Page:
The moral: You can run, Governor, but you can’t hide.

 

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01
This is one of the oldest battles in our Republic. And you ain’t seen nothing yet.
 
The U.S. Supreme Court’s Hobby Lobby decision ignites a battle over women’s health care, which will command center stage. But it’s really just part of the long-running battle over the proper relationship between corporations and the government/the people. (See Mitt Romney: “Corporations are people, my friend.”)
 
Corporations as we think of them today didn’t exist when the Constitution was written. They appeared In the early 19th Century, according to one history, as “bridge companies, water companies, transportation companies, banks, and insurance companies…essentially public service corporations or public franchises.”
 
After the Civil War came the first trusts: oil, steel, finance, cigarettes and the like. They dominated politics and government through the Gilded Age and into the 20th Century. Then came Trust Buster Teddy Roosevelt, who characteristically had a pretty clear view on the subject:
 
“We must have complete and effective publicity of corporate affairs, so that people may know beyond peradventure whether the corporations obey the law and whether their management entitles them to the confidence of the public. It is necessary that laws should be passed to prohibit the use of corporate funds directly or indirectly for political purposes; it is still more necessary that such laws should be thoroughly enforced. Corporate expenditures for political purposes, and especially such expenditures by public-service corporations, have supplied one of the principal sources of corruption in our political affairs”.
 
The anti-corporate wave ebbed in the Roaring Twenties, then came roaring back in the New Deal and Square Deal. From the 1950s on, corporations and big business worked their way back into the driver’s seat.
 
Now, the Supreme Court has held that corporations, like citizens, have the right to spend unlimited funds to influence elections and the right to religious views that overrule the law of the land.
 
Oy!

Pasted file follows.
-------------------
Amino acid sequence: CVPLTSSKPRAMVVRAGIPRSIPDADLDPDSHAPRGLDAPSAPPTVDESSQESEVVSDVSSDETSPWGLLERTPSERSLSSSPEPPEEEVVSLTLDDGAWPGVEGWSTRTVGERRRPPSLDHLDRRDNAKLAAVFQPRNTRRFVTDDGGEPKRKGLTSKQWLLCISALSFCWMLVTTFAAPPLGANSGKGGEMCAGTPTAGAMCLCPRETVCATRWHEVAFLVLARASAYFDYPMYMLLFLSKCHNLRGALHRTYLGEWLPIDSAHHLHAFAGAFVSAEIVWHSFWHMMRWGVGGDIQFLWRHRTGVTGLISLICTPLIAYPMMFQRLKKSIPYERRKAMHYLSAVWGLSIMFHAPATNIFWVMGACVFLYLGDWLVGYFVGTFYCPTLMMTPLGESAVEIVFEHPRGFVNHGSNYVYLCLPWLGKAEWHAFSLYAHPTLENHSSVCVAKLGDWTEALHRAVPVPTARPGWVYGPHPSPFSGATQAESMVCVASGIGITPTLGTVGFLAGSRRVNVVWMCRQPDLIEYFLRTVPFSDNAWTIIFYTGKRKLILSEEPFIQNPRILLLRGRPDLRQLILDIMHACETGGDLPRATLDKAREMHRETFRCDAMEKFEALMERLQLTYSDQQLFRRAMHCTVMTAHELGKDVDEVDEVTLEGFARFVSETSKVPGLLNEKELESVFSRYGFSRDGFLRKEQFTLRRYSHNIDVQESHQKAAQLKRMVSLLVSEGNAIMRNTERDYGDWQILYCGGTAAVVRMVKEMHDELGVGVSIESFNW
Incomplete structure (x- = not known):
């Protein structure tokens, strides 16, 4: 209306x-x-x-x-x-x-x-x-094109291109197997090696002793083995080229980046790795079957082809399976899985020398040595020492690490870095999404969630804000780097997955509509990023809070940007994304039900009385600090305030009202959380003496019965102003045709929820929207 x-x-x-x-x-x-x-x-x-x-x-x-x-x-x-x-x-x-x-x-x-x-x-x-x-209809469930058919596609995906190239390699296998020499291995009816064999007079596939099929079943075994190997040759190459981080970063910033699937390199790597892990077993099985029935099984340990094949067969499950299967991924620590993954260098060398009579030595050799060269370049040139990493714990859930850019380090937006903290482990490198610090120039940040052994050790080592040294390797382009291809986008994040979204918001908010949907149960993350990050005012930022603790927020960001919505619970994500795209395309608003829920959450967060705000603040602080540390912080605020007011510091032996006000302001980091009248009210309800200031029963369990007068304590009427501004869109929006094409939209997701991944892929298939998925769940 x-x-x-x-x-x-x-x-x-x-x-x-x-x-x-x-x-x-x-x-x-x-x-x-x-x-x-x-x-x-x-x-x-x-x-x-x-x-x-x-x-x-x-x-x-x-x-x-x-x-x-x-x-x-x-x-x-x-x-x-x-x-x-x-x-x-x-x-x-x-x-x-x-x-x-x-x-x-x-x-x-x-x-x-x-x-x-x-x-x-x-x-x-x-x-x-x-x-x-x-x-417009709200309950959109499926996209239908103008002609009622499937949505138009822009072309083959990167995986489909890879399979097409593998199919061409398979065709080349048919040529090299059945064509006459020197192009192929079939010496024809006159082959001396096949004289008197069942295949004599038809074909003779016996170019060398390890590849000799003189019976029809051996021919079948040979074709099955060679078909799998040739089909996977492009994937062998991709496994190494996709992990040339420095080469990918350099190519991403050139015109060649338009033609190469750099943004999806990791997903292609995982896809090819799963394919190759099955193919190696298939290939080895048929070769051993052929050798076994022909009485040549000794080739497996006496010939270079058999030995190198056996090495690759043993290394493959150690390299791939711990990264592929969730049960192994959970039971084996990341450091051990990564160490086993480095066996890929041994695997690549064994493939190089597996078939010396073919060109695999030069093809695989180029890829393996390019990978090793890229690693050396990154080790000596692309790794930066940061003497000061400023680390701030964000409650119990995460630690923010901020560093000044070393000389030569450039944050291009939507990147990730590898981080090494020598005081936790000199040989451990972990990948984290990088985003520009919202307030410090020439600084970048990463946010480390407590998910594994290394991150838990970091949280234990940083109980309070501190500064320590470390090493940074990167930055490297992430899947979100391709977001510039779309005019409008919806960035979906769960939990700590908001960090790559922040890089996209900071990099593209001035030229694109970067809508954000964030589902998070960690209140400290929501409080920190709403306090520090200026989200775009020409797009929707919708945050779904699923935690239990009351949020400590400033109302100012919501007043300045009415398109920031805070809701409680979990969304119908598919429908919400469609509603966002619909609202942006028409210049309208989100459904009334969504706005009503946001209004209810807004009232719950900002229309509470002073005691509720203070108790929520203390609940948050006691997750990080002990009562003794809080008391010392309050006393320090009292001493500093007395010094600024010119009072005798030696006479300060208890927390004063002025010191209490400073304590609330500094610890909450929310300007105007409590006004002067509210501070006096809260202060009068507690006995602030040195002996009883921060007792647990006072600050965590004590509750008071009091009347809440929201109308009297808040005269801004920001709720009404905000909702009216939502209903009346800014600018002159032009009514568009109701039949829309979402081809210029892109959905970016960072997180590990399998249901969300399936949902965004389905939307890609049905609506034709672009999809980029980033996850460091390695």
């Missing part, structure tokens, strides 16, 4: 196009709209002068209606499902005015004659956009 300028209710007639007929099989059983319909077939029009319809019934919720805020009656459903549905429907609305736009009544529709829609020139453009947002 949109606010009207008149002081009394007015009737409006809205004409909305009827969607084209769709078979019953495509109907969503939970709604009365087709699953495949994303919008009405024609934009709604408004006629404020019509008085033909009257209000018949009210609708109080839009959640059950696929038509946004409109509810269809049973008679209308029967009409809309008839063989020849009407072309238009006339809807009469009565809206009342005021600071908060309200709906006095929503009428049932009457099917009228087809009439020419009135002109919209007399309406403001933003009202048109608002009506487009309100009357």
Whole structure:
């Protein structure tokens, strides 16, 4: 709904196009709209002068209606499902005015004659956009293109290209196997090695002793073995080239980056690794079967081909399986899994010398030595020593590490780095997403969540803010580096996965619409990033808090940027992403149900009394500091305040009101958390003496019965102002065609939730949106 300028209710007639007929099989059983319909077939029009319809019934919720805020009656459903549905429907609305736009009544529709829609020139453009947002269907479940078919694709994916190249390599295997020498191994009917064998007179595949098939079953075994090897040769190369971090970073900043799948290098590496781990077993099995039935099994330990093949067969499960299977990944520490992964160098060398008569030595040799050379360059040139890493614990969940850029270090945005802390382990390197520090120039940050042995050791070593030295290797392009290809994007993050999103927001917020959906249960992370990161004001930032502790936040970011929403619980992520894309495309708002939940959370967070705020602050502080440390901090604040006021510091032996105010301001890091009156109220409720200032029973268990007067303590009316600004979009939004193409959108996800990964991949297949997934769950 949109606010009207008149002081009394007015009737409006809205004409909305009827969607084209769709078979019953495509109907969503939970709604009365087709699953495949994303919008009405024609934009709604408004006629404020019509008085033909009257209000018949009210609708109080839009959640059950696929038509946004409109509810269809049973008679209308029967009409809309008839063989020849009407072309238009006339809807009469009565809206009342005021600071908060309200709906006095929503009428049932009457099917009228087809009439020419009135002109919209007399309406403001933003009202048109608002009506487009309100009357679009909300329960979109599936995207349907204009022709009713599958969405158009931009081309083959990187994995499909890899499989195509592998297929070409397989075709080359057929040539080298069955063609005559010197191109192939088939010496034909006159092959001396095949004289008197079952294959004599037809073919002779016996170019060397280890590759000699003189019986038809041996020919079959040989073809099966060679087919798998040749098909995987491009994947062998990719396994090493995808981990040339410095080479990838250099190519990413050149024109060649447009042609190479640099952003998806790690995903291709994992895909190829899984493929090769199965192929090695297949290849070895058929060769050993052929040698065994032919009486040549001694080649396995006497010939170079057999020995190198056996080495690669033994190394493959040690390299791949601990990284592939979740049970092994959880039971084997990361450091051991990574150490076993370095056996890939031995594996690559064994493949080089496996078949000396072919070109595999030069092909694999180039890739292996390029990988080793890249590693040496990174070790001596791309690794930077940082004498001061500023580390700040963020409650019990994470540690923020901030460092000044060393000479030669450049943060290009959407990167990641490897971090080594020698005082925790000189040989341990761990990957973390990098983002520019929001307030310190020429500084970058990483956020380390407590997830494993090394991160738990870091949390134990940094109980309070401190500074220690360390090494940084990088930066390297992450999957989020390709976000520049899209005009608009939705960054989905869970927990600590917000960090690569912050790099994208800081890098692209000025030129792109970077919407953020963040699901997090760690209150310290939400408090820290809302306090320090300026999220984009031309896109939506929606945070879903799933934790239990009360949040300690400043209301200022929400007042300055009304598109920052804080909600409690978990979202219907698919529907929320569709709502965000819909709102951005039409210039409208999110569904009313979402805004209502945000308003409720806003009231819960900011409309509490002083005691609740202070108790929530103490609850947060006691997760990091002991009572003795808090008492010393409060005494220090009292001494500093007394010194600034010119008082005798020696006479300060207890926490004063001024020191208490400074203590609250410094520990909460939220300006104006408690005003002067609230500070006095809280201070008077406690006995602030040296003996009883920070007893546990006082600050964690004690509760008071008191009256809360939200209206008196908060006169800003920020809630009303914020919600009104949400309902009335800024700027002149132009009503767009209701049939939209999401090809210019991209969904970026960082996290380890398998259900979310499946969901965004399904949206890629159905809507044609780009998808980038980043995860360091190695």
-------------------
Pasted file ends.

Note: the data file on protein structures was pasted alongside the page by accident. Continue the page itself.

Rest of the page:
So here’s a safe prediction: The wheel will turn, as it always does in the cycles of history. There will be a turn against corporate power, especially given the growing economic gap between the top (CEOs, owners, mega-billionaires) and the rest of us.
 
Politics is like physics. For every action, there is (or will be) an equal and opposite reaction. It may start in the Democratic presidential contest next year. (Hillary Clinton, are you listening?) And it may dominate politics for decades to come.
 
But it’s coming.

 

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30
Maybe Chad Barefoot really believes Putin reared his head and Russia reached its tentacles into the anti-fracking forces in North Carolina.
 
Or maybe it’s just a cynical attempt to raise money from a Fox-fed mob of ignoramuses.
 
Or maybe it’s a desperate overreaction to a poll showing that voters don’t like fracking.
 
Whatever, Barefoot’s claim that Russia may be fighting fracking here (the theory is that fracking in North Carolina jeopardizes Russia’s economic power as a natural gas monopoly) could end up supporting my pet theory that Triangle voters have gotten wise to ludicrous and unsupported claims by politicians. And that they punish said politicians.
 
Barefoot started a recent fundraising email this way: "The environmentalists are on the attack again – and this time, Russia is in the mix."
 
You may laugh, but Mark Binker at WRAL did a serious investigation into Barefoot’s claim. (You don’t know whether to applaud that, or just sadly shake your head in dismay.)
 
WRAL’s fact-check decision: “Hit the brakes. There seems to be scant evidence that Russians are funding the European fracking debates, much less dabbling in fracking policy here in the United States. Experts say it’s unlikely, bordering on silly,’ to suggest the Russians would have the time, money or inclination to bother with a North Carolina legislative race. Therefore, we give this fundraising email a red light on our fact-checking scale.”
 
Of course, this proves nothing. Binker may be a fine reporter and all. But do you really think he or any mere journalist is capable of cracking this Kremlin conspiracy? Surely these ex-KGB men can outwit WRAL.
 
So stay alert. If you see something, say something.

 

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26
It’s a rite of summer. The House, the Senate and the Governor can’t agree on a budget. They tell themselves that millions of North Carolinians are in suspense, following the latest twist in the budget deliberations like they’re binge-watching Netflix.
 
This year, Governor McCrory and Speaker Tillis decide a bold stroke is needed to galvanize public opinion. They arrange a huge photo op at the Mansion with educators behind and beside them. They unsheathe their sharp sword to cut this Bergian knot: a “split budget.”